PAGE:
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Mr Neil Bradbury

Mr Neil Bradbury

Consultant Orthopaedic Surgeon and Specialist Knee Surgeon

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Kneecap (Patella) Stabilisation Surgery

Our kneecap (patella) sits in the groove (the trochlea) at the end of our thighbone. Our kneecaps move in an ‘up and down’ motion which allows us to bend our knee. High impact collision, jarring of the knee or abnormal kneecap or trochlea groove shape can cause the kneecap to move out of its groove. This is a what we call a dislocation. The kneecap usually dislocates in an outward direction.

Dislocation of the kneecap is extremely painful. A dislocating kneecap can be emotionally draining and demoralising as well as physically uncomfortable, making everyday movement and activity much more difficult and the knee unstable.

Most people who dislocate their kneecap usually go to A&E for their initial treatment. Here, you will usually be given pain relief while the kneecap is relocated into its normal position. While this can help in the short-term, certainly in terms of pain relief and getting back movement in the knee, you may want to consider seeing me for a consultation to ensure long-term resolution of the problem.

It is important to learn what exactly caused your kneecap to dislocate. A severe blow or knock to the knee when playing sports may be an obvious cause, but there are often less obvious reasons such as the shape of the groove or position of the kneecap. Effective treatment begins with an accurate diagnosis, knowing exactly what we’re dealing with. To help with this, I usually arrange for you to have an MRI scan.

If this is the first dislocation, physiotherapy may be helpful to strengthen your leg muscles.

However, a history of dislocating your kneecap does make it more likely that it will dislocate again. If you are having repeated dislocations, surgery to stabilise the joint may be the best option.

About the surgery

Kneecap stabilisation surgery is very situation specific. In some cases, I might need to repair torn ligaments in your knee joint. In others, the groove deepened or the patella moved to a better position. We will discuss all of this in a consultation prior to surgery.

The consultation is a chance for us to talk through what surgery will look like in your particular case. You will be able to ask any questions, and I will talk to you about how long I expect the surgery and recovery period to take, including how long you will have to stay in hospital. The decision to have surgery will always be your choice, and I will also make sure you have all the information you need to make an informed choice.

Simple kneecap stabilisation surgery is performed by a type of keyhole surgery known as arthroscopy. This involves me making a few small 'keyhole' incisions either side of your knee and then using a very small camera inside a thin tube (arthroscope) to see inside the joint. This approach allows for a very high degree of precision, but also means that the surgery is far less invasive for you than traditional “open” surgery would be. Open surgery is needed if I need to deepen the trochlear groove or move the patella to a better position.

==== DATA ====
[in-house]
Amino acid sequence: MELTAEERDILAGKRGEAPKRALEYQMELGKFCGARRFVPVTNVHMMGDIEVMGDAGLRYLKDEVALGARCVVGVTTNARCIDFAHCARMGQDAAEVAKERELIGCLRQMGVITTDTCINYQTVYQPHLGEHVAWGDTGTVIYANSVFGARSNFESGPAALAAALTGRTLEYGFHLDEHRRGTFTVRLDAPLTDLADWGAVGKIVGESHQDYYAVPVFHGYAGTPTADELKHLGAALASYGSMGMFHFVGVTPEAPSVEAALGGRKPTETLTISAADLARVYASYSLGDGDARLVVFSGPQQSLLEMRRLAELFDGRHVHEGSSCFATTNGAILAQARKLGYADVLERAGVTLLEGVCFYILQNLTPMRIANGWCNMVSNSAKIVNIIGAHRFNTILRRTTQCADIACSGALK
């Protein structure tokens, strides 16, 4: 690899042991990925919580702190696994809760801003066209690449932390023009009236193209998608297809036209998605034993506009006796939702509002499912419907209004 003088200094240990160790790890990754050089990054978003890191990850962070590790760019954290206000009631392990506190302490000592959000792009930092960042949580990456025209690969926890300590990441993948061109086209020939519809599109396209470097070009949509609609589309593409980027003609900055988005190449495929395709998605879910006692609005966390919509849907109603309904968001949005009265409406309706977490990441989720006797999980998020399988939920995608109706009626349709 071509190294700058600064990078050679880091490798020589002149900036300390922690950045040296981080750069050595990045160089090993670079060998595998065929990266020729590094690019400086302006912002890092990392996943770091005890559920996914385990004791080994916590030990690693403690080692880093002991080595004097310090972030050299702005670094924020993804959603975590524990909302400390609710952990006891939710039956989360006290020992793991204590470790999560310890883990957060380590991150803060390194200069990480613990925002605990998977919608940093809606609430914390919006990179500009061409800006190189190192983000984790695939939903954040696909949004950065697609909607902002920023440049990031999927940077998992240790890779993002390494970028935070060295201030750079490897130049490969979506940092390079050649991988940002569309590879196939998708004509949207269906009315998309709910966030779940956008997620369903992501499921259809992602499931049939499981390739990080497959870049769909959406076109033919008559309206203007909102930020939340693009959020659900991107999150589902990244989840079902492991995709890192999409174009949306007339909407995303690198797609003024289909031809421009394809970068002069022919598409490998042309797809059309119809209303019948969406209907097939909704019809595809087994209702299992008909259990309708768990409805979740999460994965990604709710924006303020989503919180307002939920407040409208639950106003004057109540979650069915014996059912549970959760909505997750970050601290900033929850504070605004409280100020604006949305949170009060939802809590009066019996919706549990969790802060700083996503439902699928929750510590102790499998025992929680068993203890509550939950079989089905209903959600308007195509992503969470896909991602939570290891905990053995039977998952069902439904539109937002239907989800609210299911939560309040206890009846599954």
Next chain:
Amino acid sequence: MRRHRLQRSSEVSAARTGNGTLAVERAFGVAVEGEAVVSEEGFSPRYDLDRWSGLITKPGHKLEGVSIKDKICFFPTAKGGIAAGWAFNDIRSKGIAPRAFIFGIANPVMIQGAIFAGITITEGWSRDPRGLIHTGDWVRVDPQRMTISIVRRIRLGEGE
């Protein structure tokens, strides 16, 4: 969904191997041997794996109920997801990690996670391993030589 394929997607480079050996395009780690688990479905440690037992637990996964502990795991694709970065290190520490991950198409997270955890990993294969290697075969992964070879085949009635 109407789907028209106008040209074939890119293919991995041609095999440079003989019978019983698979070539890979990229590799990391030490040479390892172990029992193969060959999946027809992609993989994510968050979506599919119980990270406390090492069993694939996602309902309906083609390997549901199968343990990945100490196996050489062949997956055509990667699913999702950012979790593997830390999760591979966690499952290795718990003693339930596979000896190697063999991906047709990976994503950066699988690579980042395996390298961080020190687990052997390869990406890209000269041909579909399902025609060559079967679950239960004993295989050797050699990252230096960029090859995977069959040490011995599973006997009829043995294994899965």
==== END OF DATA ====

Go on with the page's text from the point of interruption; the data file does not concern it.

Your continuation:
After the surgery you may be given crutches or a walking frame to help you move around. It may be several weeks before you are allowed to put any weight on the side which was operated on. We will give you some physiotherapy exercises to help strengthen your knee and speed up your recovery. Regularly elevating your leg can be really helpful in reducing swelling and stiffness around the knee.

Moving forward

Knee surgery has seen some amazing developments in recent years, including robotic-arm assistance for even greater precision.

My team has some of the best clinical results in the UK and we are recognised nationally for our excellence and innovative techniques.

As a doctor who specialises exclusively in problems of the knee, I know just how critical our knees are in everyday life. I have suffered knee pain of my own in the past, and I know first-hand how much of a difference being pain free can make.

Kneecap stabilisation surgery can be a good way of preventing repeat kneecap dislocation. Even if you are worried your condition is too severe for treatment, I want to reassure you that help is available. No matter how complicated or overwhelming things might feel, I would be delighted to meet with you to find out what is causing your knee pain and to talk about treatment options. It's easy to get in touch, just call my private secretary Mandy on 01761 422 256 and she will be happy to help you.

Mr Neil Bradbury

Mr Neil Bradbury

Consultant Orthopaedic Surgeon and Specialist Knee Surgeon

View full profile
How to find us
Just 10 minutes from Bath
The Sulis Hospital Bath,
Foxcote Avenue,
Peasedown St John,
Bath, BA2 8SQ
Find us on Google Maps
By Car

Sulis Hospital is located 6 miles south of Bath city centre. Travelling from Bath, head south west on the A367. After you pass the Audi and Mercedes-Benz dealerships on your left take the first exit on the roundabout into Wellow Lane. Then take the first left into Foxcote Avenue and the Bath Business Park. Sulis Hospital is located immediately on your right hand side and the entrance is opposite the entrance to Mercedes-Benz.


A visitors' car park is located directly in front of the hospital. This is free of charge to patients and visitors.

By Public Transport

There are regular buses to Peasedown St John. Please note the nearest bus stop is a short walk.